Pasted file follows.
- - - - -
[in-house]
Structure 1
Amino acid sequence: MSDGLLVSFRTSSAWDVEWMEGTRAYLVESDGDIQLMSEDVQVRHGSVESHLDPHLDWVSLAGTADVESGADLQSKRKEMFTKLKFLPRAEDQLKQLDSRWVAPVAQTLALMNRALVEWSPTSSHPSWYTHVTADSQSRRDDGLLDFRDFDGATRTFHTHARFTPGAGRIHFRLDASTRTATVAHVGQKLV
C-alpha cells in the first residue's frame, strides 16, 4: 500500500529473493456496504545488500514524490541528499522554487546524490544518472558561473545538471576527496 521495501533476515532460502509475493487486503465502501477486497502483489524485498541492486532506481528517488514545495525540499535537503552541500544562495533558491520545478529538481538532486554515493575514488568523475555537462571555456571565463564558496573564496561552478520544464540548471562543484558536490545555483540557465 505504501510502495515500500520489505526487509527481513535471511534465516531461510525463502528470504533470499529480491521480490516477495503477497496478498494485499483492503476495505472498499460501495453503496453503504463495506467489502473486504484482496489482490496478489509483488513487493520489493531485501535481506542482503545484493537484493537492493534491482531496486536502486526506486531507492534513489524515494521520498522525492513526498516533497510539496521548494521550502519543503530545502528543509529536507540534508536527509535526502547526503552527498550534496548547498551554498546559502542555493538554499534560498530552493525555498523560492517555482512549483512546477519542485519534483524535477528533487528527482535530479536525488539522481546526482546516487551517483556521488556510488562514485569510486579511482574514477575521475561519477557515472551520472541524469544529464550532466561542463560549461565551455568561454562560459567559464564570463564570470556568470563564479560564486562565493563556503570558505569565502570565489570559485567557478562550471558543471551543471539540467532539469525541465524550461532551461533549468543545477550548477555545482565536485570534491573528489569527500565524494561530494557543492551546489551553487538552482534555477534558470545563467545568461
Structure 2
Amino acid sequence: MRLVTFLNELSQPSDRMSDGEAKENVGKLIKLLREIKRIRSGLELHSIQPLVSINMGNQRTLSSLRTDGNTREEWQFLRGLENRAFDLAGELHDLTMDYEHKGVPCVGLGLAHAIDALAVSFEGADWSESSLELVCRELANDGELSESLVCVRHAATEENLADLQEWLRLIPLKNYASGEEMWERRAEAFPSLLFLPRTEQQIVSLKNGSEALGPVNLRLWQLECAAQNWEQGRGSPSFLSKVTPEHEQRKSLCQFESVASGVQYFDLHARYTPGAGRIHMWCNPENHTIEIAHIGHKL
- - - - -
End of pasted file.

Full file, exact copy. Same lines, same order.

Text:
[in-house]
Structure 1
Amino acid sequence: MSDGLLVSFRTSSAWDVEWMEGTRAYLVESDGDIQLMSEDVQVRHGSVESHLDPHLDWVSLAGTADVESGADLQSKRKEMFTKLKFLPRAEDQLKQLDSRWVAPVAQTLALMNRALVEWSPTSSHPSWYTHVTADSQSRRDDGLLDFRDFDGATRTFHTHARFTPGAGRIHFRLDASTRTATVAHVGQKLV
C-alpha cells in the first residue's frame, strides 16, 4: 500500500529473493456496504545488500514524490541528499522554487546524490544518472558561473545538471576527496 521495501533476515532460502509475493487486503465502501477486497502483489524485498541492486532506481528517488514545495525540499535537503552541500544562495533558491520545478529538481538532486554515493575514488568523475555537462571555456571565463564558496573564496561552478520544464540548471562543484558536490545555483540557465 505504501510502495515500500520489505526487509527481513535471511534465516531461510525463502528470504533470499529480491521480490516477495503477497496478498494485499483492503476495505472498499460501495453503496453503504463495506467489502473486504484482496489482490496478489509483488513487493520489493531485501535481506542482503545484493537484493537492493534491482531496486536502486526506486531507492534513489524515494521520498522525492513526498516533497510539496521548494521550502519543503530545502528543509529536507540534508536527509535526502547526503552527498550534496548547498551554498546559502542555493538554499534560498530552493525555498523560492517555482512549483512546477519542485519534483524535477528533487528527482535530479536525488539522481546526482546516487551517483556521488556510488562514485569510486579511482574514477575521475561519477557515472551520472541524469544529464550532466561542463560549461565551455568561454562560459567559464564570463564570470556568470563564479560564486562565493563556503570558505569565502570565489570559485567557478562550471558543471551543471539540467532539469525541465524550461532551461533549468543545477550548477555545482565536485570534491573528489569527500565524494561530494557543492551546489551553487538552482534555477534558470545563467545568461
Structure 2
Amino acid sequence: MRLVTFLNELSQPSDRMSDGEAKENVGKLIKLLREIKRIRSGLELHSIQPLVSINMGNQRTLSSLRTDGNTREEWQFLRGLENRAFDLAGELHDLTMDYEHKGVPCVGLGLAHAIDALAVSFEGADWSESSLELVCRELANDGELSESLVCVRHAATEENLADLQEWLRLIPLKNYASGEEMWERRAEAFPSLLFLPRTEQQIVSLKNGSEALGPVNLRLWQLECAAQNWEQGRGSPSFLSKVTPEHEQRKSLCQFESVASGVQYFDLHARYTPGAGRIHMWCNPENHTIEIAHIGHKL